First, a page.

FF move for 10 year drugs terms defeat
A FIANNA Fail proposal to impose a mandatory 10 year sentence for drug trafficking offences was defeated.
On the report stage of the Criminal Justice Bill, which obliges financial institutions to report suspected incidents of money laundering by drug traffickers, the Fianna Fail spokesman on justice, Mr John O'Donoghue, said drug offences should attract a statutory minimum sentence. There was a mandatory life sentence for murder. The House was entitled to express its abhorrence of drug trafficking by requiring a similar penalty for it.
Mr Eric Byrne (DL, Dublin South Central) said there was a lot of "woolly thinking" by the judiciary in regard to drug offences. A drug trafficker was recently sentenced to a short period to be followed by a period in the Coolmine treatment centre.
Mr Tony Gregory (Ind, Dublin Central) said some drug dealers believed themselves to be "above the law". There were cases where heroin dealers, who wreaked havoc on the lives of many people, were given sentences of just two to three years. There was an onus on them to show that the issue had to be taken seriously.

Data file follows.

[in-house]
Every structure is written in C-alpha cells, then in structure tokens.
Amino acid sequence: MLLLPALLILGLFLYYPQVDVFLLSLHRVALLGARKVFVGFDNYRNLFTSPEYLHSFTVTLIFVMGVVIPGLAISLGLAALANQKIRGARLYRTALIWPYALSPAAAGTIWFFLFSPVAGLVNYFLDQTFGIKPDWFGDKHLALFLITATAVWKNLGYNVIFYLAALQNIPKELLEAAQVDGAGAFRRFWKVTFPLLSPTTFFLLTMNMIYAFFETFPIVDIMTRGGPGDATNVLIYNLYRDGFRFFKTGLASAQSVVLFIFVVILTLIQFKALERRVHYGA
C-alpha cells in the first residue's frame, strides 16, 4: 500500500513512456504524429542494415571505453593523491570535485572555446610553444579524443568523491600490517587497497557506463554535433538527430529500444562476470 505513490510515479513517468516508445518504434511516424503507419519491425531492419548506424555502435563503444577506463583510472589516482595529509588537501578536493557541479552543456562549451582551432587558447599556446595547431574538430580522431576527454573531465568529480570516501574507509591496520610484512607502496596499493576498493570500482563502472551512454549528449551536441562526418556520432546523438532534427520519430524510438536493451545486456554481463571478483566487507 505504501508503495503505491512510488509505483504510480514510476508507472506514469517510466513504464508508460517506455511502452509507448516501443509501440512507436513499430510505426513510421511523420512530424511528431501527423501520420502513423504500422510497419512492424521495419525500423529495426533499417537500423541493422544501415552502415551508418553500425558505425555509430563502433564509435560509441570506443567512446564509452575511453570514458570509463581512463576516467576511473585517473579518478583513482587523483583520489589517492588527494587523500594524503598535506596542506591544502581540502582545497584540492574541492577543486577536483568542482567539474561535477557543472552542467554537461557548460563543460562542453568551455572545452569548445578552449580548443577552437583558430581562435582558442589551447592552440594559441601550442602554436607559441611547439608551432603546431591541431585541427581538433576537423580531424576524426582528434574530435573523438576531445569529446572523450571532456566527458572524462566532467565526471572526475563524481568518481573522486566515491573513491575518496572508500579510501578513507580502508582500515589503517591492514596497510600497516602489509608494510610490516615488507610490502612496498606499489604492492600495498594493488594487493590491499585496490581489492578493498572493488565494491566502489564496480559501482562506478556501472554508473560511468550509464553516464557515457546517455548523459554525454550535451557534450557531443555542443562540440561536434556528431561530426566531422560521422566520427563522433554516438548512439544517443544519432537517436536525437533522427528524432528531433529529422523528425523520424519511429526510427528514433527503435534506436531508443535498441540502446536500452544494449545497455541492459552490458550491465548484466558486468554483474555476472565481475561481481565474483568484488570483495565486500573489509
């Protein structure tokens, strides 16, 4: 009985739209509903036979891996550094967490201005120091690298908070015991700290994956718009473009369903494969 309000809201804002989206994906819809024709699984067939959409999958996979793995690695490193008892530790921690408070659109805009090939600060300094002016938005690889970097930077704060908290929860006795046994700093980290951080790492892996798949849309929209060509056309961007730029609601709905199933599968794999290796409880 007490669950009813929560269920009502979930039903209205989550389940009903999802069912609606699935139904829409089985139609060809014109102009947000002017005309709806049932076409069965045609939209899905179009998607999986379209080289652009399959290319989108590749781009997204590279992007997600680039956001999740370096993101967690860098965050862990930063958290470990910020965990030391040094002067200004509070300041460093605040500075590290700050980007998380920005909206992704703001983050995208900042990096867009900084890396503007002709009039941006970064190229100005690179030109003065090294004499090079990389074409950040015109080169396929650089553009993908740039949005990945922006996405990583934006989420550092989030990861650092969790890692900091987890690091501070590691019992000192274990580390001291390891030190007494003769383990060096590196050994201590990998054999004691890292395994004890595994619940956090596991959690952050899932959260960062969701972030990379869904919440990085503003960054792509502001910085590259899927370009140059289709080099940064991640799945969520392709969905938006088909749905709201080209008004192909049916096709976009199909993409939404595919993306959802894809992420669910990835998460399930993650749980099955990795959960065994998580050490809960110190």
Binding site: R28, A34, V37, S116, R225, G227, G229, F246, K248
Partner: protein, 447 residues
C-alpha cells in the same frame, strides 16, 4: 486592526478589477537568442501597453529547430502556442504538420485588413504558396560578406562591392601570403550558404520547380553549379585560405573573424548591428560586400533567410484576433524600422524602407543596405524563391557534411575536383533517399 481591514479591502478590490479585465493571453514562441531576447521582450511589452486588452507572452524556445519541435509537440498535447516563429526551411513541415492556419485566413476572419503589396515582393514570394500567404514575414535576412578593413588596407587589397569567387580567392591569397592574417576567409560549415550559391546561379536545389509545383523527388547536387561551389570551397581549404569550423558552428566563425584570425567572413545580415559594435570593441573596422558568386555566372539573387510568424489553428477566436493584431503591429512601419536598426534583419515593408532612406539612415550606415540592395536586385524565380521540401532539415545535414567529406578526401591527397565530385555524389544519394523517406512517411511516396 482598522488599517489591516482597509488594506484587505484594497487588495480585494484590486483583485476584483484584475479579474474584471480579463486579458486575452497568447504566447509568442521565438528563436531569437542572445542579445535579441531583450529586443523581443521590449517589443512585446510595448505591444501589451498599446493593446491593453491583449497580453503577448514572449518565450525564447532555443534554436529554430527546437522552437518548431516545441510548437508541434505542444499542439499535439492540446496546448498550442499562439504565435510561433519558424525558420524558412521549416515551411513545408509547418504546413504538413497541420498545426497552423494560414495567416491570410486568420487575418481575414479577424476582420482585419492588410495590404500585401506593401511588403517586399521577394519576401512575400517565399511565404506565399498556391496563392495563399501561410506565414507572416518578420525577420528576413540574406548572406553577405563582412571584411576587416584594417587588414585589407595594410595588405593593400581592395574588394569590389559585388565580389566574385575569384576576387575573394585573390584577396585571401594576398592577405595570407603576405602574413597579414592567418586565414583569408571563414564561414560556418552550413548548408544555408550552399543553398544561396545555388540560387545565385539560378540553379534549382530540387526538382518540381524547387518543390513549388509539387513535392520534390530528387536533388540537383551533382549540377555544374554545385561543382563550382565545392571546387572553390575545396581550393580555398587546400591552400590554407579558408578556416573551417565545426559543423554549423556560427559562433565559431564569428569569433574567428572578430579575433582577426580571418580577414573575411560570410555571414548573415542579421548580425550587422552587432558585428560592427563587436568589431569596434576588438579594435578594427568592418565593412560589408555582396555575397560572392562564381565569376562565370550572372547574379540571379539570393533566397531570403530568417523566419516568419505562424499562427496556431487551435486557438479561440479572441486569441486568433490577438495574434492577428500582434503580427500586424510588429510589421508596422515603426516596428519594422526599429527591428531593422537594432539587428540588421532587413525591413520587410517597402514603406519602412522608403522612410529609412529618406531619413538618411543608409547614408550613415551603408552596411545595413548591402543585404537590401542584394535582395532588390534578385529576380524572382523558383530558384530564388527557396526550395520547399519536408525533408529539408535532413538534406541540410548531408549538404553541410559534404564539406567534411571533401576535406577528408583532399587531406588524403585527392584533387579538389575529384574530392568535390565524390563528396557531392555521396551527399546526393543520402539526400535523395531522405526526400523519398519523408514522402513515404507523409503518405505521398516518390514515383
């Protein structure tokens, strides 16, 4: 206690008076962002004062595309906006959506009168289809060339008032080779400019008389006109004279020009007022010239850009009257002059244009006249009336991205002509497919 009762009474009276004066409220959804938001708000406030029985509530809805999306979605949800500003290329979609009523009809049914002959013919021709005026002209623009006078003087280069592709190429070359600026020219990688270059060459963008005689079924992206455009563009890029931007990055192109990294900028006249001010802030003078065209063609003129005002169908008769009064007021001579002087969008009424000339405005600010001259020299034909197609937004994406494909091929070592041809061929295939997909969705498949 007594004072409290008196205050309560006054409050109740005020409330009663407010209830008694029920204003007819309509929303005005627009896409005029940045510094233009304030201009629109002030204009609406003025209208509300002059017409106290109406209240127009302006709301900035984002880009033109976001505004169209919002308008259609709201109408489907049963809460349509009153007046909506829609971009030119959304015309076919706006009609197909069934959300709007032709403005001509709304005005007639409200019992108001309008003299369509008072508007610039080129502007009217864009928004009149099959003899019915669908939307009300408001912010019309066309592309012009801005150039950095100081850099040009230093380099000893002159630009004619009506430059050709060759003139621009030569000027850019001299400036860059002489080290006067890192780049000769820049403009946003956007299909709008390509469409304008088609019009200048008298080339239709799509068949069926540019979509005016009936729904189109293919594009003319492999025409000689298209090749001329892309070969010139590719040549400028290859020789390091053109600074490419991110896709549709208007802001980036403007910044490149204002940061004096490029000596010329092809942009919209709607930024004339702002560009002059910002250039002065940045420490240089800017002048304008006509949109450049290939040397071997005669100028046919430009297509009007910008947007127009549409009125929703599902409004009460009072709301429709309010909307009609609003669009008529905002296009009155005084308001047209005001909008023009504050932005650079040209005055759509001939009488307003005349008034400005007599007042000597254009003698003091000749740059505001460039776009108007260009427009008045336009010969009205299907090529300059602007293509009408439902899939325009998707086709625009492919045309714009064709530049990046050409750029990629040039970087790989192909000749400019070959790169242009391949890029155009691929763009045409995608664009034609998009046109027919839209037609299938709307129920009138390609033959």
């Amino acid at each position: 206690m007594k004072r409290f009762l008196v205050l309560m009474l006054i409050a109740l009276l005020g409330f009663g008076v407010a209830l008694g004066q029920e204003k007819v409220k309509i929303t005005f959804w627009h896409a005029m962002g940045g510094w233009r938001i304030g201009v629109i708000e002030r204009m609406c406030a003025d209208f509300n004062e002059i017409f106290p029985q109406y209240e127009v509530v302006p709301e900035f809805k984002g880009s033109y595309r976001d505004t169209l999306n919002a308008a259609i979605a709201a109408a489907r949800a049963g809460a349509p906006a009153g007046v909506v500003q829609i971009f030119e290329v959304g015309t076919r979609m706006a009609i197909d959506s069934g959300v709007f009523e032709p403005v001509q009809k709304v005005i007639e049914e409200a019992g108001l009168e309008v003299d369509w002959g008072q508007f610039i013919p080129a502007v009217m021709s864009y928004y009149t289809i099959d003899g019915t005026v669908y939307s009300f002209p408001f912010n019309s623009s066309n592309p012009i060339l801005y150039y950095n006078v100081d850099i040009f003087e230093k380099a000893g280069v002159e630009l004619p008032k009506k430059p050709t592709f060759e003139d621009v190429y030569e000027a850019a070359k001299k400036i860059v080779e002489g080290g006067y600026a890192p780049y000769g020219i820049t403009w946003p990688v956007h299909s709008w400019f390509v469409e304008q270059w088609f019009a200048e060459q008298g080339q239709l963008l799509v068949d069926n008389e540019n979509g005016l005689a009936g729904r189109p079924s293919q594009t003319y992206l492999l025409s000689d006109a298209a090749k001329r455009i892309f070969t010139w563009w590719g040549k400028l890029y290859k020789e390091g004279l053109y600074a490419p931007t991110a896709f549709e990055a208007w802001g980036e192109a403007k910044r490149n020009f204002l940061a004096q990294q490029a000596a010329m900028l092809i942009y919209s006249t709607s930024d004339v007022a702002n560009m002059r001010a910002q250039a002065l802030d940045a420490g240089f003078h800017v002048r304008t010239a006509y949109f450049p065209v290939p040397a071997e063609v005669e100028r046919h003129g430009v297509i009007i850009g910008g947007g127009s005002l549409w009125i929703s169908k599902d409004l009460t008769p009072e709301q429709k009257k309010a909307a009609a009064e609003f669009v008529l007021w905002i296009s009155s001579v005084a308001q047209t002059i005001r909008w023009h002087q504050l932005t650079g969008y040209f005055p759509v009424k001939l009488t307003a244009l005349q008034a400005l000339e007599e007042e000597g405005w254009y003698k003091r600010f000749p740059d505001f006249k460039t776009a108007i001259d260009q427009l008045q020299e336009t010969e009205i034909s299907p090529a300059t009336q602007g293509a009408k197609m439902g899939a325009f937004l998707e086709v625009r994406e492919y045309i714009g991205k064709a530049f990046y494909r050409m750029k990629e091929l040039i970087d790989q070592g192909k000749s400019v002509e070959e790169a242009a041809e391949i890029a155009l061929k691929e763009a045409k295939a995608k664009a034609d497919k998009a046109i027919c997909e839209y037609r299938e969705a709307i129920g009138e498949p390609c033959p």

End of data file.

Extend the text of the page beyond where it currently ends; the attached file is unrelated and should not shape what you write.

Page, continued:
Ms Liz O'Donnell, Progressive Democrats spokeswoman on justice, supporting the amendment, said most sentences for drug offences were lenient. The State had to demonstrate that long sentences would be imposed.
Mr Michael McDowell (PD, Dublin South East) said he disagreed with the Law Reform Commission which had argued against mandatory sentences. The State was entitled to show its disapproval of a particular type of offence by directing the judiciary to impose a minimum sentence.
The Minister for Justice, Mrs Owen, said she could not give directions to judges. The law was there and it was up to judges to implement it.
The amendment was defeated by 64 votes to 57.
The Bill was passed.